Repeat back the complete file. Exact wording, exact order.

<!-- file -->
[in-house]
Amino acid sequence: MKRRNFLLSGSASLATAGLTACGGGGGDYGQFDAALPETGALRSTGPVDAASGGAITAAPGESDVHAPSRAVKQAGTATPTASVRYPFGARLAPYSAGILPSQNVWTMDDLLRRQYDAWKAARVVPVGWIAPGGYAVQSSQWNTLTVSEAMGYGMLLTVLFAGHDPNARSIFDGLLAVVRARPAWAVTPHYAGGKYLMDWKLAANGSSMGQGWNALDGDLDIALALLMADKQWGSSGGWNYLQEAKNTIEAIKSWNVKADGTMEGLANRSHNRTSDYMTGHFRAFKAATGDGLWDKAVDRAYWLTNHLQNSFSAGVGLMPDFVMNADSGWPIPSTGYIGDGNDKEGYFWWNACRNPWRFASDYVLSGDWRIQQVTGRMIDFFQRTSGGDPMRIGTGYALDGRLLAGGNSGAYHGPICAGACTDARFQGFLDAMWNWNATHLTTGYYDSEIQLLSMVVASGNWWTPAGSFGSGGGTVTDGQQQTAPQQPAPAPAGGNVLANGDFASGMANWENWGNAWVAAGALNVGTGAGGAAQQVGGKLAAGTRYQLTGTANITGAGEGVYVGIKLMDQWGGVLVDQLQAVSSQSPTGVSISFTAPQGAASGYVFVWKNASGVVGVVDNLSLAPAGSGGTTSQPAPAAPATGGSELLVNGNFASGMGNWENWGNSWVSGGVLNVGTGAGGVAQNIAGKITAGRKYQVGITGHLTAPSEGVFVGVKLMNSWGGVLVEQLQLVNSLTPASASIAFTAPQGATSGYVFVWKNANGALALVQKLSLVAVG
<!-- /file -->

[in-house]
Amino acid sequence: MKRRNFLLSGSASLATAGLTACGGGGGDYGQFDAALPETGALRSTGPVDAASGGAITAAPGESDVHAPSRAVKQAGTATPTASVRYPFGARLAPYSAGILPSQNVWTMDDLLRRQYDAWKAARVVPVGWIAPGGYAVQSSQWNTLTVSEAMGYGMLLTVLFAGHDPNARSIFDGLLAVVRARPAWAVTPHYAGGKYLMDWKLAANGSSMGQGWNALDGDLDIALALLMADKQWGSSGGWNYLQEAKNTIEAIKSWNVKADGTMEGLANRSHNRTSDYMTGHFRAFKAATGDGLWDKAVDRAYWLTNHLQNSFSAGVGLMPDFVMNADSGWPIPSTGYIGDGNDKEGYFWWNACRNPWRFASDYVLSGDWRIQQVTGRMIDFFQRTSGGDPMRIGTGYALDGRLLAGGNSGAYHGPICAGACTDARFQGFLDAMWNWNATHLTTGYYDSEIQLLSMVVASGNWWTPAGSFGSGGGTVTDGQQQTAPQQPAPAPAGGNVLANGDFASGMANWENWGNAWVAAGALNVGTGAGGAAQQVGGKLAAGTRYQLTGTANITGAGEGVYVGIKLMDQWGGVLVDQLQAVSSQSPTGVSISFTAPQGAASGYVFVWKNASGVVGVVDNLSLAPAGSGGTTSQPAPAAPATGGSELLVNGNFASGMGNWENWGNSWVSGGVLNVGTGAGGVAQNIAGKITAGRKYQVGITGHLTAPSEGVFVGVKLMNSWGGVLVEQLQLVNSLTPASASIAFTAPQGATSGYVFVWKNANGALALVQKLSLVAVG